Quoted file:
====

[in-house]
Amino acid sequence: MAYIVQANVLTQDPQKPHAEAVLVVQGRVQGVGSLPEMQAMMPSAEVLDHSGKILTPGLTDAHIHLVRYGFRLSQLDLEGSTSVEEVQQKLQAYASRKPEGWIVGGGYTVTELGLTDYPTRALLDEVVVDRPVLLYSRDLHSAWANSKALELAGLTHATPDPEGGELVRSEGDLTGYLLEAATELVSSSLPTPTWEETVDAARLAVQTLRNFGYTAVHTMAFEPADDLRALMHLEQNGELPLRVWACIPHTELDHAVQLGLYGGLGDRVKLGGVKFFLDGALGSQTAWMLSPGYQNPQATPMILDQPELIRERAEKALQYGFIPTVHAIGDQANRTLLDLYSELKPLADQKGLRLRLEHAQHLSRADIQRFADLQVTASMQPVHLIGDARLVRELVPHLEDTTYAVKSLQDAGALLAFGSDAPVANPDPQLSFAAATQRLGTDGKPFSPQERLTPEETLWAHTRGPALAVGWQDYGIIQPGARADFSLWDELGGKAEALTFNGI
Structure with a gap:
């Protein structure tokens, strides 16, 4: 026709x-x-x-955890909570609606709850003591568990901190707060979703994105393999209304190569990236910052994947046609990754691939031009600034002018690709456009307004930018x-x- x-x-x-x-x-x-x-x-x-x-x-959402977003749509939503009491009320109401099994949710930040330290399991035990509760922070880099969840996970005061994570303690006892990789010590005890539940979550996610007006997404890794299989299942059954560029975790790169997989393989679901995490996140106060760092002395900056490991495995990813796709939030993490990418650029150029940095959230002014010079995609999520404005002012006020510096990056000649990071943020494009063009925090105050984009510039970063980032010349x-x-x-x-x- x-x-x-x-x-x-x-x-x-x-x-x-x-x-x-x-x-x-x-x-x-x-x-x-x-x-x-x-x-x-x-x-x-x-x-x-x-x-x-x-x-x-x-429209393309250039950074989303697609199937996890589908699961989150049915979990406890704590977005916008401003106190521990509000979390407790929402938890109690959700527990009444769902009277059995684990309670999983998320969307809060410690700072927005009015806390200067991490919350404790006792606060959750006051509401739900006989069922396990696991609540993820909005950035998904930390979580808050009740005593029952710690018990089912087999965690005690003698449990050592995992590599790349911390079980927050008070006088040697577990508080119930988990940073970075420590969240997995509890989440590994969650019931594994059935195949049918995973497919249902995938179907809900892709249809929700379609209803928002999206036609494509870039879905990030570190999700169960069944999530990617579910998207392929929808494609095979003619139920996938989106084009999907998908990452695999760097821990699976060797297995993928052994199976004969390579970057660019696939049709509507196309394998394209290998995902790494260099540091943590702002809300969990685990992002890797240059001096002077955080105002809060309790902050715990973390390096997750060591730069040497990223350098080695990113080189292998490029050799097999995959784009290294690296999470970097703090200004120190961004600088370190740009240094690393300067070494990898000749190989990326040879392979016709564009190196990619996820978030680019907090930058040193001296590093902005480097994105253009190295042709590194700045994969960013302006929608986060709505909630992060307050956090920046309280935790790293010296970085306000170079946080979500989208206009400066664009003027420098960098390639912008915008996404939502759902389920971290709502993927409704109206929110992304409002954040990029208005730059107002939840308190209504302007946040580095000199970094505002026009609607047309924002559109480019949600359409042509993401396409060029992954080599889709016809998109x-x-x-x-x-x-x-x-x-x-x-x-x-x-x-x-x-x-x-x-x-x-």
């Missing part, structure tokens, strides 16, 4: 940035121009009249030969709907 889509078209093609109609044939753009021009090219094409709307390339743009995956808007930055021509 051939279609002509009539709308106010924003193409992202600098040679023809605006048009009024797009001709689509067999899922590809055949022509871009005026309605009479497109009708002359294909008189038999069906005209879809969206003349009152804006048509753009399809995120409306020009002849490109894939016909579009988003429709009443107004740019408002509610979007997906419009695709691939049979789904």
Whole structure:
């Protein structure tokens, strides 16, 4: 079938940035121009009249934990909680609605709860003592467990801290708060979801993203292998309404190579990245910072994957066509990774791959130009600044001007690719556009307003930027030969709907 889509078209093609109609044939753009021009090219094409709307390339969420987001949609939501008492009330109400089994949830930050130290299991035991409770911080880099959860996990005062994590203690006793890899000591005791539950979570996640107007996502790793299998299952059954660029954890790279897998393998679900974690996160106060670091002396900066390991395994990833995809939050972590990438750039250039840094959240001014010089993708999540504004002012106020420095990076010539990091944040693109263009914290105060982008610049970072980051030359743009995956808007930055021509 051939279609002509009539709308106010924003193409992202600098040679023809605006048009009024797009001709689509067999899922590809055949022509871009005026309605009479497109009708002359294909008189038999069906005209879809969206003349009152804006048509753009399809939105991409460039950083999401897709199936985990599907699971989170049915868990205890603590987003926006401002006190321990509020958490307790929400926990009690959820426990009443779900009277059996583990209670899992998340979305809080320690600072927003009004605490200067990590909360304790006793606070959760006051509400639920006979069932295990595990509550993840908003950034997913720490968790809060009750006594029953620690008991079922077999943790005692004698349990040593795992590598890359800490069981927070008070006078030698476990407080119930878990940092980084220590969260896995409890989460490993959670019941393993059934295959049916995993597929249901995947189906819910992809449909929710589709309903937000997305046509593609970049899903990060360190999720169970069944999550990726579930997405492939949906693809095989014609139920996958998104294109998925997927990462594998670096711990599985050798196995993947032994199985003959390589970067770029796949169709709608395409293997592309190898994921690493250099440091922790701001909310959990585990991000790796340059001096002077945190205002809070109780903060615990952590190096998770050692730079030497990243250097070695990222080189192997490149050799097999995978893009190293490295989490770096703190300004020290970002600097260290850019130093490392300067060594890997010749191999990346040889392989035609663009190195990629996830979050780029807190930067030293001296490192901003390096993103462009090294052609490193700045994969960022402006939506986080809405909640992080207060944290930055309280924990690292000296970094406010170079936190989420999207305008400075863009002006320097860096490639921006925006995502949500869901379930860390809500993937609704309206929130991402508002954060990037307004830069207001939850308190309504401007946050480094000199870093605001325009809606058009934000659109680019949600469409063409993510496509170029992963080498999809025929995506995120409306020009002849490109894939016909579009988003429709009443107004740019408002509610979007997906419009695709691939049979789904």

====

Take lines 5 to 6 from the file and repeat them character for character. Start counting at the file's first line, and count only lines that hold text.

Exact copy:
């Missing part, structure tokens, strides 16, 4: 940035121009009249030969709907 889509078209093609109609044939753009021009090219094409709307390339743009995956808007930055021509 051939279609002509009539709308106010924003193409992202600098040679023809605006048009009024797009001709689509067999899922590809055949022509871009005026309605009479497109009708002359294909008189038999069906005209879809969206003349009152804006048509753009399809995120409306020009002849490109894939016909579009988003429709009443107004740019408002509610979007997906419009695709691939049979789904």
Whole structure: